The Chronicle Herald
My friend Lin died in a hospice.
It was a friendly place, a regular house in a quiet residential neighbourhood.
There were fresh-cut flowers on the dining room table, which was covered with the sort of tablecloth you might have found in your grandmother’s house.
The kitchen was well-stocked with dishes, pots and utensils.
You could cook a meal there.
There were nice curtains on the bedroom windows which overlooked a nice garden outside.
There were no wires or scrubs in this place and no institutional food.
There were nurses. And a doctor made the rounds each day to help with medication and pain management.
It wasn’t fancy.
But it was a nice place in which to spend time and a good place in which to die.
That was in 2003 in England, where dying in a hospice has been mainstream for the past 50 years.
In cities, towns and many villages in Britain, you will find a hospice.
And you will find charity shops dedicated to raising funds for the local hospice.
Here in Nova Scotia, the idea of dying in a hospice is still new.
And, to some extent, it is still unknown.
But it’s a good idea for people with end-of-life diagnoses and for their families.
It’s also a good idea for governments and taxpayers.
The idea of the hospice is to give dying patients a home-like atmosphere in which to spend their last days in as much comfort and with as much dignity as possible.
If they cannot die at home, the hospice is a home-like alternative to hospital.
It is a place where family can gather in comfort and where dying and death is de-medicalized.
The hospice supports patients and their families with physical, emotional and spiritual care during a time of bereavement.
Nurses and doctors are available to provide care and to administer medicine when necessary.
In a hospice, family members are freed of the burden of care, so they can spend time with their loved ones as daughters, wives and siblings, rather than care-providers.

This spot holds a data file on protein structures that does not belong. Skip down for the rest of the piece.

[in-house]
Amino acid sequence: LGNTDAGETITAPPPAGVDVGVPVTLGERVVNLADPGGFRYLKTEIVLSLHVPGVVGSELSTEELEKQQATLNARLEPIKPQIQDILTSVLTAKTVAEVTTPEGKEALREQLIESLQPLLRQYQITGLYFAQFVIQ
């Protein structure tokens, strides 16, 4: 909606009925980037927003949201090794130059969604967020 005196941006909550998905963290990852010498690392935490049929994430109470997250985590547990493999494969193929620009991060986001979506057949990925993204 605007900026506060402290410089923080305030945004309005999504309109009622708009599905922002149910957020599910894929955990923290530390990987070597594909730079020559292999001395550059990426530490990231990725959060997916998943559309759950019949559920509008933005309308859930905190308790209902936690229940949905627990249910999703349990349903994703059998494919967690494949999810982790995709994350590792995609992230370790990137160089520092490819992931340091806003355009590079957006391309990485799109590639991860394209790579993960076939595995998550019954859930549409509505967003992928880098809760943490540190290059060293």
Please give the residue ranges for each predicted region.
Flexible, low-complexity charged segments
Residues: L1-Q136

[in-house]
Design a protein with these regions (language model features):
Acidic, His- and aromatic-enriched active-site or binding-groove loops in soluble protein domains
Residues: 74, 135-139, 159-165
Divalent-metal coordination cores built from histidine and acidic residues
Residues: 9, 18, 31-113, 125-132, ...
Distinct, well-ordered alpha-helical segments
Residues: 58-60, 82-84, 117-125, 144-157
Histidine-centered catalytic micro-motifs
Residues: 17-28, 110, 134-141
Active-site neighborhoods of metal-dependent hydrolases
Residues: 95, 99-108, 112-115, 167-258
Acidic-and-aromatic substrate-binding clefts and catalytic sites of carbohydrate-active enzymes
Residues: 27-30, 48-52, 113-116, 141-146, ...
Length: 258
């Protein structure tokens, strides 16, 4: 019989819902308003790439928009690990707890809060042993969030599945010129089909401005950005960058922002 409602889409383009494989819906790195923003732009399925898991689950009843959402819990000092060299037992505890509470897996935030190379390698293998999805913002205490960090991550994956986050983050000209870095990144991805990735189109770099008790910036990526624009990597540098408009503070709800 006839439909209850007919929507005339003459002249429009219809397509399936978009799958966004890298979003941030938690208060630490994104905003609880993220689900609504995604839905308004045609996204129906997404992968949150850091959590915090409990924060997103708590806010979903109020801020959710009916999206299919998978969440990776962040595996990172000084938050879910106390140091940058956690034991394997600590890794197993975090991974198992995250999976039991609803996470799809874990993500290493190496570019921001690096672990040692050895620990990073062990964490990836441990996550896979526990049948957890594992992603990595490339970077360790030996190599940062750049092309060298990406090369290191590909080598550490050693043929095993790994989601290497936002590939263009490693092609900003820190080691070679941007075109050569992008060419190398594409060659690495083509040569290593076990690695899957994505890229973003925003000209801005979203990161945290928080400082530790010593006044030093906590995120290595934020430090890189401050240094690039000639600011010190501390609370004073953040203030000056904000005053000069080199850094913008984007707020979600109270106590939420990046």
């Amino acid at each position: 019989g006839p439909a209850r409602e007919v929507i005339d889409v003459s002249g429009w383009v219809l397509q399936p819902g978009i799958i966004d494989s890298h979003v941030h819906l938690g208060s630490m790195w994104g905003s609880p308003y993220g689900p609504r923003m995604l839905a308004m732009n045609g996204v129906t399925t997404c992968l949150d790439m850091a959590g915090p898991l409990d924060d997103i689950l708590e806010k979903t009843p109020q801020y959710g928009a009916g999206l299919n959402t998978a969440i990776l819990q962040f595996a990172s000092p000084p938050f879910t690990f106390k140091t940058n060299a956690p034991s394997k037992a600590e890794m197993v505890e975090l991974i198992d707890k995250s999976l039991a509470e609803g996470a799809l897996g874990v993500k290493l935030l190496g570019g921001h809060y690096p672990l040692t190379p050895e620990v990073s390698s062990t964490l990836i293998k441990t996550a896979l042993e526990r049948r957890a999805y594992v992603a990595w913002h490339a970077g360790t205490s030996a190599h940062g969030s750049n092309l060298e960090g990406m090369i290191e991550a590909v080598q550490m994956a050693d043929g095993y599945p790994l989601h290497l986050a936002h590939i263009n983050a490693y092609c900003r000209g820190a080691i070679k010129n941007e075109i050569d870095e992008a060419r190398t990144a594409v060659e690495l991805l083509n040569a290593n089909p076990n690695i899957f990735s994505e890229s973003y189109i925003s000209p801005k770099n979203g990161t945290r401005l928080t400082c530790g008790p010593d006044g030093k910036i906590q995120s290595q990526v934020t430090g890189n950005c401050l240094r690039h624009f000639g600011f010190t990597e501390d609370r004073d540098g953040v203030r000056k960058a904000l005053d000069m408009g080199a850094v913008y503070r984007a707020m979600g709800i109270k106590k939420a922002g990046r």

Across Canada there are 88 hospices like the one my friend died in.
In Nova Scotia there are none as yet. But there are plans in the works.
In Halifax, two adjacent houses have been purchased and a capital campaign is underway to raise funds to connect and renovate them.
When the project is completed, the hospice will house up to 10 patients.
The Nova Scotia Health Authority has agreed to match operating costs once the hospice is completed.
Renovations are expected to begin next spring.
Governments ought to be very keen on the hospice movement, not just to provide people more and better options for the end of their lives, but also to manage health care costs.
At the moment, it costs an estimated $1,000 to $1,200 per day to keep a dying person in an acute care bed in a hospital.
In a hospice, this cost is $475 per day.
When you factor in the fact that the cost of running the hospice will be shared with community fundraising, this means governments are paying $237 per day per patient.
You do the math.
And then do the math in a province with an aging population.
It makes sense.
In fact, it seems almost inconceivable to me that this idea has not occurred to us sooner.
There are hospice movements all over the world in developed countries like Britain.
Why, in 2016, are we still without a hospice in Nova Scotia, a province not exactly known for an over-abundance of health care money?
I suppose you don’t know it’s a good idea if you didn’t know it existed in the first place.
And change in areas like death (and birth) comes slowly.
I predict that once the first hospice is up and running, and when the provincial government sees the cost benefits, it will be enthusiastic to encourage more hospices in the province.
And when patients and family members experience bereavement in a hospice, they will become advocates and fundraisers for the hospice movement in Nova Scotia.
Photo appears on Hospice Halifax website courtesy of Carla Adams